Aside from closing the digital divide and promoting innovation, perhaps the most frequent subject of monthly agenda items over the past three years has been modernizing the Commission’s outdated media regulations. Our May meeting will feature our latest attempt to inject common sense in our rulebook by streamlining our rules for public notice of the filing of broadcast applications. Current FCC rules require radio and TV broadcasters to notify the public before and after they file certain license applications. The types of required notice are inconsistent based upon the type of applicant, type of station, and type of application. For example, notices can either be over the air or in a local newspaper, and there are requirements on the type of newspaper. Moreover, the current notices are clunky and lengthy, and give consumers little guidance on how to access the applications and file comments or objections to them. The result is an increasingly complex system that makes compliance costly and much more difficult than it needed to be. In three weeks, the Commission will vote on rules to require shorter and more uniform public notices for all broadcast stations. Our goal is twofold: to make it easier for the public to meaningfully participate in the broadcast licensing process and to make the process easier for broadcasters. Notices will be simpler and transition from newspaper to websites, better reflecting how consumers access information these days. The simpler notices will direct consumers to the Commission’s Online Public Inspection File and existing Commission databases, where they can access the applications in question and comment on them. This brings our notification process into the 21st century and offers consumers more opportunities for engagement.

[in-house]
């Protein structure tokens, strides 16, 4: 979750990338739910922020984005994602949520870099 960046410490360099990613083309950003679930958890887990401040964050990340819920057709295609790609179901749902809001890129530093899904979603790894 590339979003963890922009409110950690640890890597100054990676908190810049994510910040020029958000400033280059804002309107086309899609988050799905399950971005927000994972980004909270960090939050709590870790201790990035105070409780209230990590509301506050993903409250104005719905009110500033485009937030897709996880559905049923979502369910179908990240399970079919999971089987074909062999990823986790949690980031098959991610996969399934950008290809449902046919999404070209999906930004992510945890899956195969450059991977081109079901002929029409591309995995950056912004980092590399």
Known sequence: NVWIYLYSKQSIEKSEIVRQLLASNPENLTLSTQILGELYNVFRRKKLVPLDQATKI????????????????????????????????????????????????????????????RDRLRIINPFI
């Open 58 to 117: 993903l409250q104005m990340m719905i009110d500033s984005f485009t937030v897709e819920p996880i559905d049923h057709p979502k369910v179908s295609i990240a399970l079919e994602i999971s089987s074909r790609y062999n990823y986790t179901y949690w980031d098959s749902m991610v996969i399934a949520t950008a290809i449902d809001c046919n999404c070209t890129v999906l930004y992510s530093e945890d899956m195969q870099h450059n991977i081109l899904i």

Last but not least, we’ll tackle an important task that enables us to keep the lights on. Unlike most federal agencies, the FCC actually covers its own operational costs by assessing fees on companies we regulate. The Commission is required by Congress to assess regulatory fees each year in an amount that can reasonably be expected to equal the amount of its appropriation. At our May meeting, the Commission will vote on a plan to collect $339,000,000 in regulatory fees for fiscal year 2020. Notably, we are proposing a new fee for foreign-licensed space stations that have access to the U.S. market. The Commission spends resources regulating these space stations, so it’s only fair that the foreign space stations, just like U.S. space stations, help pay for the Commission’s operations.

Yesterday, the Office of Management and Budget and Office of Personnel Management sent a memo to the heads of federal agencies with preliminary guidelines on how to “ramp back up government operations to the maximum extent possible.” This will be no problem for the Commission, because, as our May agenda and the totality of our efforts over the past two months make clear, the FCC has shown no signs of slowing down. Thanks again to everyone at the FCC for rising to this challenge.